Scottsdale Artists’ School creatively implements health measures for summer camps

Posted 8/11/20

Scottsdale Artists’ School recently discovered a way to apply health measures for its youth, ages 6-18, attending its on-campus summer camps last week.

To Our Valued Readers –

Visitors to our website will be limited to five stories per month unless they opt to subscribe.

For $5.99, less than 20 cents a day, subscribers will receive unlimited access to the website, including access to our Daily Independent e-edition, which features Arizona-specific journalism and items you can’t find in our community print products, such as weather reports, comics, crossword puzzles, advice columns and so much more six days a week.

Our commitment to balanced, fair reporting and local coverage provides insight and perspective not found anywhere else.

Your financial commitment will help to preserve the kind of honest journalism produced by our reporters and editors. We trust you agree that independent journalism is an essential component of our democracy. Please click here to subscribe.

Sincerely,
Charlene Bisson, Publisher, Independent Newsmedia

Please log in to continue

Log in
I am anchor

Scottsdale Artists’ School creatively implements health measures for summer camps

Scottsdale Artists' School is using costumed characters to man the thermometers at the school's entrances as part of a creative way implement health measures during the COVID-19 pandemic.
Scottsdale Artists' School is using costumed characters to man the thermometers at the school's entrances as part of a creative way implement health measures during the COVID-19 pandemic.
Submitted photo
Posted

Scottsdale Artists’ School recently discovered a way to apply health measures for its youth, ages 6-18, attending its on-campus summer camps last week.

“Due to the state of COVID in Arizona, the health of our students is our primary concern and we have a list a mile long of measures we are taking to ensure the safety of all who visit our school,” Trudy Hays, SAS executive director, said in a prepared statement.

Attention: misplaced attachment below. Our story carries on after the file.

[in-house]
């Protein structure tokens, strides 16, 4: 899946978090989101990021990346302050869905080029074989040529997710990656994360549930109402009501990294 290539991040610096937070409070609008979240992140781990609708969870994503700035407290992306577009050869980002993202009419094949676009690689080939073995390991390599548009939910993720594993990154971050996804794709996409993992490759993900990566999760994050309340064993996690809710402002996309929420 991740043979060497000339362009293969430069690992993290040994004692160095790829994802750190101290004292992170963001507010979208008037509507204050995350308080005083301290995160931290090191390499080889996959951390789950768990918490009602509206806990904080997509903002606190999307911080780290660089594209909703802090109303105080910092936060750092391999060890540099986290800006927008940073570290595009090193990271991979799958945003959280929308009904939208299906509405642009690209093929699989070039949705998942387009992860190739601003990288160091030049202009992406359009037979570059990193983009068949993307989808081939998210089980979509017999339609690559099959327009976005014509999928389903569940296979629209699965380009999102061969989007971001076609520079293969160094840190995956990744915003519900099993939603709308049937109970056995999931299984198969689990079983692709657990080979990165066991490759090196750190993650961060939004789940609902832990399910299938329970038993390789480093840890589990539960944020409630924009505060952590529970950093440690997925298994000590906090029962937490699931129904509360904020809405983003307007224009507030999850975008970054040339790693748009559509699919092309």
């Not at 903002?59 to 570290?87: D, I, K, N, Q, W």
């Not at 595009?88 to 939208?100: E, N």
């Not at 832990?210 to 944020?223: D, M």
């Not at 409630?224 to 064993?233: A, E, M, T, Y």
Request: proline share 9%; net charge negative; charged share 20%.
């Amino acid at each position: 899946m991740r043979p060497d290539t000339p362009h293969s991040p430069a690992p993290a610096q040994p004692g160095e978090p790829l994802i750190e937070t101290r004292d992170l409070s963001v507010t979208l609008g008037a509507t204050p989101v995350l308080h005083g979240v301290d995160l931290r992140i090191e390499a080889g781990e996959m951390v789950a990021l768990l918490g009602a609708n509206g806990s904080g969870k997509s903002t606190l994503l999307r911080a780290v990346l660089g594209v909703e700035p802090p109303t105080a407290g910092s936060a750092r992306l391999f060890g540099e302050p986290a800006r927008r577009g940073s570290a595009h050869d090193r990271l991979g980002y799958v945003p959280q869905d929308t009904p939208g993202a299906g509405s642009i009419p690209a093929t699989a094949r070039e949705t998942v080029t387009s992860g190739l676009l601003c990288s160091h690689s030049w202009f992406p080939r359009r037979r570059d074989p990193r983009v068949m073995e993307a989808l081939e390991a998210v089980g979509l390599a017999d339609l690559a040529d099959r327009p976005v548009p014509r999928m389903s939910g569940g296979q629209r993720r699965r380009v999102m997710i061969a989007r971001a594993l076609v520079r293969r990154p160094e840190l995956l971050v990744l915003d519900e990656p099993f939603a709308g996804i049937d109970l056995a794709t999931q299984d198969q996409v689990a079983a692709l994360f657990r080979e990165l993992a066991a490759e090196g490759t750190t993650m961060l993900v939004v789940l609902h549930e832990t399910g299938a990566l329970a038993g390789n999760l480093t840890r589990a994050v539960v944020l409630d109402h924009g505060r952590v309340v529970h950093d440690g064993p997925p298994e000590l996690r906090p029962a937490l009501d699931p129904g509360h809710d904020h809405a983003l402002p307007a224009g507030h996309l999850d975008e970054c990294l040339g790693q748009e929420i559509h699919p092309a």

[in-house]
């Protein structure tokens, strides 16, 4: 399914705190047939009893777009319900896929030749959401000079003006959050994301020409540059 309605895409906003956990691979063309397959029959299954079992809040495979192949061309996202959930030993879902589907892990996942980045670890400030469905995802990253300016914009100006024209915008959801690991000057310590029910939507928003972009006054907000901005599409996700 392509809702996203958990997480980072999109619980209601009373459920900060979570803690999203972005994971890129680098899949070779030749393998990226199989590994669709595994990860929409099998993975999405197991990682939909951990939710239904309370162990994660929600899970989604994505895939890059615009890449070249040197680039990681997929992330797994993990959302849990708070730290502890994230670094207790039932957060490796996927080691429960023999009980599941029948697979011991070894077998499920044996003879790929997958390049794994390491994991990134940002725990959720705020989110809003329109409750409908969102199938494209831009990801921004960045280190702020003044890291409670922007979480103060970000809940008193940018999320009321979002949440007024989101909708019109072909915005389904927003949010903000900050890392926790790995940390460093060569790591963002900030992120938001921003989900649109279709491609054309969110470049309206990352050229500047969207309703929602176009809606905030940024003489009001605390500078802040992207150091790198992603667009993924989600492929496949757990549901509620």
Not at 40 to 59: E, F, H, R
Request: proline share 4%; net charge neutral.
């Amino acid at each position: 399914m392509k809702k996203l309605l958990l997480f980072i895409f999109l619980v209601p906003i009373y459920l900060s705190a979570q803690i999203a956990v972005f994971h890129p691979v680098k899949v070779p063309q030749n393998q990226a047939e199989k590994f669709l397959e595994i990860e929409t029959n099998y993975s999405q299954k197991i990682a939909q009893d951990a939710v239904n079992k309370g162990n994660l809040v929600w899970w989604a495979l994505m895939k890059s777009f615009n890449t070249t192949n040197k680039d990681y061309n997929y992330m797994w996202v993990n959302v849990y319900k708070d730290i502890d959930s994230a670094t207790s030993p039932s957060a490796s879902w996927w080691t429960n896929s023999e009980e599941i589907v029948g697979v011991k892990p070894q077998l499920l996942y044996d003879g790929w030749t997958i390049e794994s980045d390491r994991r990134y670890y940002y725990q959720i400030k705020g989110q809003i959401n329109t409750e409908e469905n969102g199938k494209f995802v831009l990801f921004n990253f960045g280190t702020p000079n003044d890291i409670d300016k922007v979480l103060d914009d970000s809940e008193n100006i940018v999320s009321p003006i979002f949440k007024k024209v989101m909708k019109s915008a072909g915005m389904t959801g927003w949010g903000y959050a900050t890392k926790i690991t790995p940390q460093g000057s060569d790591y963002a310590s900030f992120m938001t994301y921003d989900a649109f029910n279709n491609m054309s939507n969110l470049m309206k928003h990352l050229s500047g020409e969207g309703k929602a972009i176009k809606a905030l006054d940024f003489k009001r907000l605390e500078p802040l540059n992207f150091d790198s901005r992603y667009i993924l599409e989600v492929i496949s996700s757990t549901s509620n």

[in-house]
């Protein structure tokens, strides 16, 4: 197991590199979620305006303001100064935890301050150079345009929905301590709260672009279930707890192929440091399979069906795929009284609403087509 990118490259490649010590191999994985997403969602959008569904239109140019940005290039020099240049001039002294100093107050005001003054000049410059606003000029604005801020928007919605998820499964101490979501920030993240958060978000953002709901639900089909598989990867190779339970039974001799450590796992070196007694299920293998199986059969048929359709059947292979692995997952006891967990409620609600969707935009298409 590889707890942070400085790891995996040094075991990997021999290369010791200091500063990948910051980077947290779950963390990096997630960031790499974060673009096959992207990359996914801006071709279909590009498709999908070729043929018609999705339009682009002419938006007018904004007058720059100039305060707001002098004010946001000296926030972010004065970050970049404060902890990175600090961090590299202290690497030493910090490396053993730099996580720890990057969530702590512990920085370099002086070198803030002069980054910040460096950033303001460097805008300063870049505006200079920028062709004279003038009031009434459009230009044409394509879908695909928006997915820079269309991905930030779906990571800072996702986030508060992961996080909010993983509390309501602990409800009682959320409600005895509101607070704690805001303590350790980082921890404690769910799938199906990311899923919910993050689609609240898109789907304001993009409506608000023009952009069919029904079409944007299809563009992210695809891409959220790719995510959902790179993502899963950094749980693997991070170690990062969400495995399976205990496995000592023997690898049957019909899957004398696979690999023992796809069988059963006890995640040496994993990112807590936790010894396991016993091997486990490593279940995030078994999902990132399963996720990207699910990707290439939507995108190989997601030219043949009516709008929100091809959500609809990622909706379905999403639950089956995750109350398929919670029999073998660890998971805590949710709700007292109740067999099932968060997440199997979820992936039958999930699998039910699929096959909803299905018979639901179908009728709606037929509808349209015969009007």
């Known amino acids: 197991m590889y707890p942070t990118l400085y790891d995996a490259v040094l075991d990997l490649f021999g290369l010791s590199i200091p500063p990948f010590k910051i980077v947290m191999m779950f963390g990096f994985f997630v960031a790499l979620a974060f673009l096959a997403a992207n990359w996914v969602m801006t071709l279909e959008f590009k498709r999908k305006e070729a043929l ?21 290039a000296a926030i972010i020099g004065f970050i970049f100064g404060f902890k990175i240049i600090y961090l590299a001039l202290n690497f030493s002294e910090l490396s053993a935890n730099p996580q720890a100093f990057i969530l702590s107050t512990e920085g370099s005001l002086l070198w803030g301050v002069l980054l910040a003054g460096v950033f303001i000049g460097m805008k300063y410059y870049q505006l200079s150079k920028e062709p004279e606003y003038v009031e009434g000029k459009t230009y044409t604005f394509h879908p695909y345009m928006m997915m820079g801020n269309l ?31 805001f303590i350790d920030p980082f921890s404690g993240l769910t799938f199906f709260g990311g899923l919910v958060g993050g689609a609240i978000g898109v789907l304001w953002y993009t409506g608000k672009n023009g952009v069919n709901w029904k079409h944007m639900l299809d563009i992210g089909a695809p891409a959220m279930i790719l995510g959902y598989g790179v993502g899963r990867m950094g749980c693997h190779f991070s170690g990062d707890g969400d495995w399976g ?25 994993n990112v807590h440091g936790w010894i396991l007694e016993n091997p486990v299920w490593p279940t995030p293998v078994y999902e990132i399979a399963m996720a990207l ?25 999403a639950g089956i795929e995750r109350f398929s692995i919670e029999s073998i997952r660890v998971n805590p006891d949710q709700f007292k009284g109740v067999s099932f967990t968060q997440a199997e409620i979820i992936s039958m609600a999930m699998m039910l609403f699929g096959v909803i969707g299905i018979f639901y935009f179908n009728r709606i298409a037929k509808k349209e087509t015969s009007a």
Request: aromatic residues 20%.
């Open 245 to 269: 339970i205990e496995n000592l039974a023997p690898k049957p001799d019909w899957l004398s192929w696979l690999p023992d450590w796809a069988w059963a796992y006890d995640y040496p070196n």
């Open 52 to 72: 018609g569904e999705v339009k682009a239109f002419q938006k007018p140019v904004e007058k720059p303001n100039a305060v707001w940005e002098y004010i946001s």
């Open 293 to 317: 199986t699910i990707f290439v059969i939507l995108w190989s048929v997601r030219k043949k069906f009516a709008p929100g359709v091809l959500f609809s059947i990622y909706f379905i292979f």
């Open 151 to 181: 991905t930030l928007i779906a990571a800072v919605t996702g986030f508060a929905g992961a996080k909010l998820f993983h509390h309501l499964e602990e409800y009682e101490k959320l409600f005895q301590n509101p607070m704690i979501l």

A few of these measures include: required face coverings or masks for everyone entering the building, temperature checks taken at all doorways, a different entrance for each studio for check in and check out and pathways marked at 6-foot intervals to encourage social distancing.

In addition, each student was assigned studio equipped with individual supplies and separated at 6-foot distances. A complete list of safety procedures can be found on the SAS website.

In the midst of all the anxieties, rules and regulations, SAS claims it discovered a way to start each camp day in a fun, creative way.

“One morning our program director came in wearing a pink unicorn costume and started taking the students temperatures; everyone, kids and adults, laughed and though it was so great. It took the pressure and fearfulness out of checking temperatures,” Skye Fallon, director of marketing and communications, said in a prepared statement. “Each day after became a new and imaginative way to have fun with health and safety.”

The remainder of the week saw several costumed characters manage the thermometer, the Fairy Godmother appeared with her magic wand, a garden gnome danced a gig, Waldo was found in random locations checking for masks and temps, a minion popped up one day, a Harlem Globe Trotter bounced in, and the favorite was the ghostbuster who boogied up and down the hallway checking for ghostly fevers.

“I never imagined a time wearing a mask and taking temps at work would be a reality,” Ms. Fallon said. “For kids trying to understand this new life, it must be pretty scary. I hope their experience at our school eased that fear. I’m proud of my SAS team for their creativity and imaginations.”

Comments